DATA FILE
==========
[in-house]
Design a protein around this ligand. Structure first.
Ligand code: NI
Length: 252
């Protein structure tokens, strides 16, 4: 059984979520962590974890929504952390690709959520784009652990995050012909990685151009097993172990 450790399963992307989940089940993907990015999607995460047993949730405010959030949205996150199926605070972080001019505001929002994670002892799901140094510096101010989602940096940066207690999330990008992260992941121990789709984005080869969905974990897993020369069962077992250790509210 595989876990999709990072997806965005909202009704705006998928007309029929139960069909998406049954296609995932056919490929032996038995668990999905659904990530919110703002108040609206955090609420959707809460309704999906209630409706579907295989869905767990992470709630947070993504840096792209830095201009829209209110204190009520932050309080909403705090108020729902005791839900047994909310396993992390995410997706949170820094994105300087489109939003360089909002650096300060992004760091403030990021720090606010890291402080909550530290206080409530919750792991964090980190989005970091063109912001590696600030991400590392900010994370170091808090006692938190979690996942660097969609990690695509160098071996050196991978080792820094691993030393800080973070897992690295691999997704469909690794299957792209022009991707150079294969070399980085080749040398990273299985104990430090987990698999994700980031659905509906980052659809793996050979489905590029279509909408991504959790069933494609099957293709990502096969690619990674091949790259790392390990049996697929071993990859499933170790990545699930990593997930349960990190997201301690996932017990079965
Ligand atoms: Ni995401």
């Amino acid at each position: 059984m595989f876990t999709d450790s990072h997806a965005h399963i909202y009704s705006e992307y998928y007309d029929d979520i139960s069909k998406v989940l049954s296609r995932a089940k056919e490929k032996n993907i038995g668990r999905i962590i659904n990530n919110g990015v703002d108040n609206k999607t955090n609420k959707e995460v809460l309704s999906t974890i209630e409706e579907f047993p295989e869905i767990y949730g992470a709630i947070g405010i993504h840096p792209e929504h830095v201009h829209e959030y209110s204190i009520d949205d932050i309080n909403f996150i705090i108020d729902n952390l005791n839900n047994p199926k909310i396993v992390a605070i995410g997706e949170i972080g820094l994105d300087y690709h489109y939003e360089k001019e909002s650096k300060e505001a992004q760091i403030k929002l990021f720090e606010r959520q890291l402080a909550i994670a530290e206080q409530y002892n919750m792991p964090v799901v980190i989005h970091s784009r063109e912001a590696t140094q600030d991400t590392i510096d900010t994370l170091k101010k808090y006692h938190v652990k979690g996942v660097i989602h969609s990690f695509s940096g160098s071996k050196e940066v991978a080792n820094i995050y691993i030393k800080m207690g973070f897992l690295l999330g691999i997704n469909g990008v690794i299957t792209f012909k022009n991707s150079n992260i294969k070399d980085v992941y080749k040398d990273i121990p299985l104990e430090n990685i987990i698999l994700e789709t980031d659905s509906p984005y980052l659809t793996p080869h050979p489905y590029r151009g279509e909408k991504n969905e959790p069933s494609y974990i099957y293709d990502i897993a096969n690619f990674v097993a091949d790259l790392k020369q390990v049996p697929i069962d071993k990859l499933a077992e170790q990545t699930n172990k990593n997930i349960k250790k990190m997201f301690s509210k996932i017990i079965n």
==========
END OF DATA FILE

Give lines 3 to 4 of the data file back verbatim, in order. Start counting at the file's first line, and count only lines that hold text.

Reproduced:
Ligand code: NI
Length: 252